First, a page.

An insider's guide to astronomy reveals everything you need to know about the planets, their satellites, and our place in the solar system.
We have the impression that the solar system is perfectly regular like a clock or a planetarium instrument. On a short timescale it is. But, seen in a longer perspective, the planets, and their satellites, have exciting lives, full of events. For example, did you know that Saturn’s moon, Titan, boasts lakes which contain liquid methane surrounded by soaring hills and valleys, exactly as the earth did before life evolved on our fragile planet?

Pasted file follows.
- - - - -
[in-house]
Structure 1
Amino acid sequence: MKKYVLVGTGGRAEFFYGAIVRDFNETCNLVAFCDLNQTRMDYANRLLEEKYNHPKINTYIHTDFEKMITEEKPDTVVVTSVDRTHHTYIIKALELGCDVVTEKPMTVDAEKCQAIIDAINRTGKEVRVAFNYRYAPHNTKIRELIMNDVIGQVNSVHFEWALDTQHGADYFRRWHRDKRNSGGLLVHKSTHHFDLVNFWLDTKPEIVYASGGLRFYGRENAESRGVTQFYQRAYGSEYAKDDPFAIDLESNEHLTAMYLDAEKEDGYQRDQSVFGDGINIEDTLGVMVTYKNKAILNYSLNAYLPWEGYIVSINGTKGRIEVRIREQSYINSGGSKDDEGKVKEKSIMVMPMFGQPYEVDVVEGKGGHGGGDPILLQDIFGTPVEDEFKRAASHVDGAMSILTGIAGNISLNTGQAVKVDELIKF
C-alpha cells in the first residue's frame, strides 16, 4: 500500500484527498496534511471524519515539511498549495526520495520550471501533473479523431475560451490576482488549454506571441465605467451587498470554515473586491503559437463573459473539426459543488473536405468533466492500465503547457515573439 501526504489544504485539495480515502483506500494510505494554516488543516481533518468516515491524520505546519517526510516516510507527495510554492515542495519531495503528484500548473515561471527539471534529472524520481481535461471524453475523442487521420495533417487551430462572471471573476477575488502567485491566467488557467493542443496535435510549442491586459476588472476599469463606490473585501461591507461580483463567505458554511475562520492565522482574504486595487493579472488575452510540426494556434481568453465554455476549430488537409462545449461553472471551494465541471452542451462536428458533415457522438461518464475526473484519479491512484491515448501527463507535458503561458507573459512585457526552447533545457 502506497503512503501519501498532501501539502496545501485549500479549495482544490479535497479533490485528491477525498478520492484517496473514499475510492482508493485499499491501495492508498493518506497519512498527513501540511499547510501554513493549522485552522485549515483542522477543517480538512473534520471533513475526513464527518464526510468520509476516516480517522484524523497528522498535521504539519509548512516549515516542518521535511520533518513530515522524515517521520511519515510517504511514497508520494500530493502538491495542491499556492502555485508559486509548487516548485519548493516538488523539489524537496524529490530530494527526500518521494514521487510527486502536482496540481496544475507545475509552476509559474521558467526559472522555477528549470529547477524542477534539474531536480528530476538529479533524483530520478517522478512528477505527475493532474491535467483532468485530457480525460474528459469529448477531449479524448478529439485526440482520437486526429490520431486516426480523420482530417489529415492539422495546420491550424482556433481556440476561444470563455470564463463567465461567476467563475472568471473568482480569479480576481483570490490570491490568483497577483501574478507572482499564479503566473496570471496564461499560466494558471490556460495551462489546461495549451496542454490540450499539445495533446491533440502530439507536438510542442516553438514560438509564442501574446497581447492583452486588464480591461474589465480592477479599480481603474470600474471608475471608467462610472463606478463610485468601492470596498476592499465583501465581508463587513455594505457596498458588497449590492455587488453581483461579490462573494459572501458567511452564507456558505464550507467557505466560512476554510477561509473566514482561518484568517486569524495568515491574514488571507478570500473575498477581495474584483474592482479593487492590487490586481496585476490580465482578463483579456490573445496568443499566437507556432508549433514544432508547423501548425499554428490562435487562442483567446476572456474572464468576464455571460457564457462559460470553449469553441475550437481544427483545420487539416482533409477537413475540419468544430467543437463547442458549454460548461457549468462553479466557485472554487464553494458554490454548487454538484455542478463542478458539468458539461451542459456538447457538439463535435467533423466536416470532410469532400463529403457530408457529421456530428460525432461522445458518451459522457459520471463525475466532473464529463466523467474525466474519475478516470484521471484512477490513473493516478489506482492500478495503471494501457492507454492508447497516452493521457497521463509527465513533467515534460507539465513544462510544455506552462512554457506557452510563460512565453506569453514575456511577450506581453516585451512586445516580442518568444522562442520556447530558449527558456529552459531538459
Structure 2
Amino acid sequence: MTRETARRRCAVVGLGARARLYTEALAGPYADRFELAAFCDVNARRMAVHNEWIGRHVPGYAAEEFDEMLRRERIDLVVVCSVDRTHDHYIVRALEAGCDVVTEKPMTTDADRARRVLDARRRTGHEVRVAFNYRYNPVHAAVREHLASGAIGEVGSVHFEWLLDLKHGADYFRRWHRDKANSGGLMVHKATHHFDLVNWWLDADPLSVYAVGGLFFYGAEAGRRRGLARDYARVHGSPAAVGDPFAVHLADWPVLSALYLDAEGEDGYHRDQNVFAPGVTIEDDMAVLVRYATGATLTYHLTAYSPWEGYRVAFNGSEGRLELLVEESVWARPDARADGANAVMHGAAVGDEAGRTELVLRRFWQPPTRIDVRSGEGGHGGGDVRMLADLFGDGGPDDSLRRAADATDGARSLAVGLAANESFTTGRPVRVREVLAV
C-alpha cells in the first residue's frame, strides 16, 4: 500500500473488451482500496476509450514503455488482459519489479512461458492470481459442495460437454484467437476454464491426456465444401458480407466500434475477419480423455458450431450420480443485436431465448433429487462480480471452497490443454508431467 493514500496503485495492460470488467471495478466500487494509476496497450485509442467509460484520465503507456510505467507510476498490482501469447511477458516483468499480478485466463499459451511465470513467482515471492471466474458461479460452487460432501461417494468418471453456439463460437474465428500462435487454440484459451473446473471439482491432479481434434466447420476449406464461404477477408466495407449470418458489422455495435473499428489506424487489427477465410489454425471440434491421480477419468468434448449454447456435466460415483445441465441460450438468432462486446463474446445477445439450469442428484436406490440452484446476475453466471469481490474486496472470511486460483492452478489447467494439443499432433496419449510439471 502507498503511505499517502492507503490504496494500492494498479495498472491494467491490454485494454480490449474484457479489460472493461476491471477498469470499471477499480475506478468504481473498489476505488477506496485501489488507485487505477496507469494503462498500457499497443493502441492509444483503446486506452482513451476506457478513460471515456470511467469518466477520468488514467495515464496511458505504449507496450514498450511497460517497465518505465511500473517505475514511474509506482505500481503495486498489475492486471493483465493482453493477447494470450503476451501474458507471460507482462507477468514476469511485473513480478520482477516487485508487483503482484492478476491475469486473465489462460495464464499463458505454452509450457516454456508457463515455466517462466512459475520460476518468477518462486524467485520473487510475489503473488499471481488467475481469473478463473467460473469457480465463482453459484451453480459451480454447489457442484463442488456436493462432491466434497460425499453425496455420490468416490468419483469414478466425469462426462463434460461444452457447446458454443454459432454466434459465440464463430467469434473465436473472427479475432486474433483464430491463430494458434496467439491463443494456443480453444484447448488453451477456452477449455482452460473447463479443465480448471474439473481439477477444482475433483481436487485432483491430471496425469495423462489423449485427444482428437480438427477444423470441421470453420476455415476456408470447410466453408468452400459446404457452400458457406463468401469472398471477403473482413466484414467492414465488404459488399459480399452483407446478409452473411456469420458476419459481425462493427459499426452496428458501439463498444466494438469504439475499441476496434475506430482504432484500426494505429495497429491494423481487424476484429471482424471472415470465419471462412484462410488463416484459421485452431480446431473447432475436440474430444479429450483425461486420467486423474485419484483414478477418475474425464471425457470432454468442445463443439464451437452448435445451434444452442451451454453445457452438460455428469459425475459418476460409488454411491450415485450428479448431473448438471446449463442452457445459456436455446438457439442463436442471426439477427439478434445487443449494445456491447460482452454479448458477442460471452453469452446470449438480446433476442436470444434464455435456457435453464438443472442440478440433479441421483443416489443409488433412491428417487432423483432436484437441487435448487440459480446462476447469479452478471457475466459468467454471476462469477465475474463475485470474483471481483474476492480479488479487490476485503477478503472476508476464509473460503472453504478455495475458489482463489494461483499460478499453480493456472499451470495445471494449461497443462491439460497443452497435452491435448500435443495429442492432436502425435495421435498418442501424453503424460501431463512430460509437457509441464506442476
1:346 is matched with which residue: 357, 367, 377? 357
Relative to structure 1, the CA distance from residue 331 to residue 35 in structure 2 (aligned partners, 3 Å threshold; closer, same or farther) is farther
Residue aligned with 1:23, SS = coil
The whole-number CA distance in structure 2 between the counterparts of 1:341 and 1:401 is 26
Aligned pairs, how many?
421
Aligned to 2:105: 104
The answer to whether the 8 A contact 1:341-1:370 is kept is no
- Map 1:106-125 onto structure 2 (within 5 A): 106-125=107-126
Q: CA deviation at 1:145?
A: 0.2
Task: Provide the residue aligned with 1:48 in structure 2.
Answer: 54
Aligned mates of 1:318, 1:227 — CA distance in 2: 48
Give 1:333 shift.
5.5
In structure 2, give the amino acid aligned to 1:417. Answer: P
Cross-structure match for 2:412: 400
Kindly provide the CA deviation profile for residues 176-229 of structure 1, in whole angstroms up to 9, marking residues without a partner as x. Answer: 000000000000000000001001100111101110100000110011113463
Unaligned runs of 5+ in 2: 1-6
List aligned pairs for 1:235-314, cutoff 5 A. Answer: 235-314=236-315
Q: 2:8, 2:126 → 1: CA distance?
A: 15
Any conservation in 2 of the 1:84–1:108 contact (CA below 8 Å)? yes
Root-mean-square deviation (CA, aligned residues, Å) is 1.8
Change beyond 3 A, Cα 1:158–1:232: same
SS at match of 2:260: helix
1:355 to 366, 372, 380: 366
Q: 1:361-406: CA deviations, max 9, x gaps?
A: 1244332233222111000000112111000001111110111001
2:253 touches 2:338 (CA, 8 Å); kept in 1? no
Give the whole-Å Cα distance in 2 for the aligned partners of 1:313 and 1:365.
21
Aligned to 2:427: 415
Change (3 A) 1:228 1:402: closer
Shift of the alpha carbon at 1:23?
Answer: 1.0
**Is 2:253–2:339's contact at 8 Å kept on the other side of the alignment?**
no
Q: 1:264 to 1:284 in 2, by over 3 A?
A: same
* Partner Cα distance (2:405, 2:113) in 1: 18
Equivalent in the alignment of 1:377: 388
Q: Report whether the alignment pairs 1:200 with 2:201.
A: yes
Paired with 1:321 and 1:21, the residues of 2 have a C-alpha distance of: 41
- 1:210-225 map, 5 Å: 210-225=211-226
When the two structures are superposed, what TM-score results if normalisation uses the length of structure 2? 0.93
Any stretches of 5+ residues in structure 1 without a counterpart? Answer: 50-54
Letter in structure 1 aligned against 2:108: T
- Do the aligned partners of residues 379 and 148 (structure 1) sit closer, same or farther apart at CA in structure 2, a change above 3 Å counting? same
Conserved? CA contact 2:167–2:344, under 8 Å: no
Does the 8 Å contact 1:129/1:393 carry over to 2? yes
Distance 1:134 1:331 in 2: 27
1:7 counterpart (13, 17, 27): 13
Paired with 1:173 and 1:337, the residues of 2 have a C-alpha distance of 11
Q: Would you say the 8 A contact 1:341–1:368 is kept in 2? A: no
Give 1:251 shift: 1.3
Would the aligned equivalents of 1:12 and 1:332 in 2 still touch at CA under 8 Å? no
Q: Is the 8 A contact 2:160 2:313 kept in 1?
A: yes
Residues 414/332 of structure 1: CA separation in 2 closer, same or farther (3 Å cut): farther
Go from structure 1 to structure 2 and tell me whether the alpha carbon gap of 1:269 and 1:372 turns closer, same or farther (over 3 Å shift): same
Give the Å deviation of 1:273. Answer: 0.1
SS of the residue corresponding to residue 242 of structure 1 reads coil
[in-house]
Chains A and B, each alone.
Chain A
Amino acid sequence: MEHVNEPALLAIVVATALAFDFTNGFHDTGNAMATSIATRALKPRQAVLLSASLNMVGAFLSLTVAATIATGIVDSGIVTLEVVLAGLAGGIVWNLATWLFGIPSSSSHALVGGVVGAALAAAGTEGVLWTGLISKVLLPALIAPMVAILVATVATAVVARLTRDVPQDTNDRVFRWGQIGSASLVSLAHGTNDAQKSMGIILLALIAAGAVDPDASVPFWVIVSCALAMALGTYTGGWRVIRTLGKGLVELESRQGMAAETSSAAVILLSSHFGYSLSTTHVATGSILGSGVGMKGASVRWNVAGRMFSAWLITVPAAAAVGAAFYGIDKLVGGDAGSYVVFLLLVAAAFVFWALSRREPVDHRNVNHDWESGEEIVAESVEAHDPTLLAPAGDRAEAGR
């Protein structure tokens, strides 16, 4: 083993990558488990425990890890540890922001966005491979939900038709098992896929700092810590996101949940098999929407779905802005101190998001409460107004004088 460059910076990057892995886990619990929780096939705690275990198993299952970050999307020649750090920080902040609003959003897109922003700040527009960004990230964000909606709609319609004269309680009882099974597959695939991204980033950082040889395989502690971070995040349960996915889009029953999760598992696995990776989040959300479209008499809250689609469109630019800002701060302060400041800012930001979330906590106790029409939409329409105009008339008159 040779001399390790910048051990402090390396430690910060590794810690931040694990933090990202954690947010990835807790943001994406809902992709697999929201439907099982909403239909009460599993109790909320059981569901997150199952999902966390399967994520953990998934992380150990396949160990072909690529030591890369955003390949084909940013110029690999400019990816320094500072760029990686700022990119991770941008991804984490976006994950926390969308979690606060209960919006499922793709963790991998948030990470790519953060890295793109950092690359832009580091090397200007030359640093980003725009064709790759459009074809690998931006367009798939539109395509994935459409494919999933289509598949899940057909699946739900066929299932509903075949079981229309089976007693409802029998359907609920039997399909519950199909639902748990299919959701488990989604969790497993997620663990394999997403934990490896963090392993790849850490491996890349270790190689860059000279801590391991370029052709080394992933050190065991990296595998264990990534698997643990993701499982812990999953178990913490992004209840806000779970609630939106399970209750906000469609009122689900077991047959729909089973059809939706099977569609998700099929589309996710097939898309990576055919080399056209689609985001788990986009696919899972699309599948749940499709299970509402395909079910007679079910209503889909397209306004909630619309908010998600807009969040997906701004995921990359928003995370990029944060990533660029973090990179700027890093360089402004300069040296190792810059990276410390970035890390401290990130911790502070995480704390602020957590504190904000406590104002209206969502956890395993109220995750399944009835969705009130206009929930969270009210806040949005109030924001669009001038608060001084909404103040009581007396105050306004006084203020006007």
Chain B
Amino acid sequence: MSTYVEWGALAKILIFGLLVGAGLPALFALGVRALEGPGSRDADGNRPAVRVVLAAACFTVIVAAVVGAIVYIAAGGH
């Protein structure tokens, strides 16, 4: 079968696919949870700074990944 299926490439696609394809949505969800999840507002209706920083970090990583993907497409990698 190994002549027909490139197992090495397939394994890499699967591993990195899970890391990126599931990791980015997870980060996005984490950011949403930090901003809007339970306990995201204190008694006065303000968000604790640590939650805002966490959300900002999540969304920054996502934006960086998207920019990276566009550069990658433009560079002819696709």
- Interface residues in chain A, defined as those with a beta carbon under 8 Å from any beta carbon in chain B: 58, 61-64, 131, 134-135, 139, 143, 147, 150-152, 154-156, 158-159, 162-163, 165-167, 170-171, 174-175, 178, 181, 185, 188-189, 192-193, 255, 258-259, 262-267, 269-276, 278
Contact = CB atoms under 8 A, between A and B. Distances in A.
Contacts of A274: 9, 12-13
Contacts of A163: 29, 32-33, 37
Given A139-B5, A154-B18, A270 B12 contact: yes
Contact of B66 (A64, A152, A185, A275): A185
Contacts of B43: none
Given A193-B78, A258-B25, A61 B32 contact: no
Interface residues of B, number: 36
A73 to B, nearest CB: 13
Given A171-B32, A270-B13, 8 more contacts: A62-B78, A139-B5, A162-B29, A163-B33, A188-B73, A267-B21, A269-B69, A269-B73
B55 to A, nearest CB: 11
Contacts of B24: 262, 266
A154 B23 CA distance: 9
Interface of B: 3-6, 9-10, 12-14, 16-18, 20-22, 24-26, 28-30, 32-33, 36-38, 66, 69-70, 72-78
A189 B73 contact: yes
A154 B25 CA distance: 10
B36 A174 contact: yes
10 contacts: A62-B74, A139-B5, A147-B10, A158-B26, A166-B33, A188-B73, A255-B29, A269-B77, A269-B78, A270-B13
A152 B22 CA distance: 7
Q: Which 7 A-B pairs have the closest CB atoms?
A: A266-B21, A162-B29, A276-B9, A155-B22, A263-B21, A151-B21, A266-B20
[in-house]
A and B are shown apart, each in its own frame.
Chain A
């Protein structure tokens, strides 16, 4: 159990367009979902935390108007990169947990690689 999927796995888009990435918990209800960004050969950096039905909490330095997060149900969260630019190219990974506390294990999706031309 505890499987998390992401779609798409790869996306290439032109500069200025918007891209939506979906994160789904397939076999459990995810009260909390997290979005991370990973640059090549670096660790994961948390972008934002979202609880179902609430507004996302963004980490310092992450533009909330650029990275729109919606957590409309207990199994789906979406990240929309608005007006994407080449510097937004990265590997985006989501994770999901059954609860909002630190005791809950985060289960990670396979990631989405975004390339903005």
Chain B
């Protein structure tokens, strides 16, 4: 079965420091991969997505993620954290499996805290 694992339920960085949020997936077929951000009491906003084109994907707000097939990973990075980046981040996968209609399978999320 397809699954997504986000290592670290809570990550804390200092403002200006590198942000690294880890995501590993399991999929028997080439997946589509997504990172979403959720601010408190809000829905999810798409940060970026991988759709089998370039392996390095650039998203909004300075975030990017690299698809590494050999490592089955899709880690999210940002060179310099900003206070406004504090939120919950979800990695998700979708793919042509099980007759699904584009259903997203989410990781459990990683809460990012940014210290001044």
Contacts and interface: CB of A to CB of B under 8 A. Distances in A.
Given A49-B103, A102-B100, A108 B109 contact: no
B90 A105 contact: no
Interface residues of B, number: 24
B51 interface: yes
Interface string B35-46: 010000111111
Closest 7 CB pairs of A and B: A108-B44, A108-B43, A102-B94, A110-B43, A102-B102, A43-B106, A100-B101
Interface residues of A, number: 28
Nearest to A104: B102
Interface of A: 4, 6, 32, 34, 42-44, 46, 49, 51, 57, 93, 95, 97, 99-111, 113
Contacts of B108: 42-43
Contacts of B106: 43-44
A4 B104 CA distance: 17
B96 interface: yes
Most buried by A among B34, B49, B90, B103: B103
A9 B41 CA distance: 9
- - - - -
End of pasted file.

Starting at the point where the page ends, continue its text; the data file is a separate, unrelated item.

Or that Mercury is the shyest planet? Or, that Mars’s biggest volcano is one hundred times the size of Earth’s, or that its biggest canyon is ten times the depth of the Grand Canyon, or that it wasn’t always red, but blue? The culmination of a lifetime of astronomy and wonder, Paul Murdin’s enchanting new book reveals everything you ever wanted to know about the planets, their satellites, and our place in the solar system.
Paul Murdin has worked as an astronomer in the U.S., Australia, England, Scotland, and Spain, where he led the operation of the Anglo-Dutch Isaac Newton Group of telescopes. He has been a research scientist (studying supernovae, black holes and neutron stars) and a science administrator for the British Government and the Royal Astronomical Society. He is Emeritus Professor at the Institute of Astronomy at the University of Cambridge, England. He has been honored in Britain by the Queen for his services to astronomy.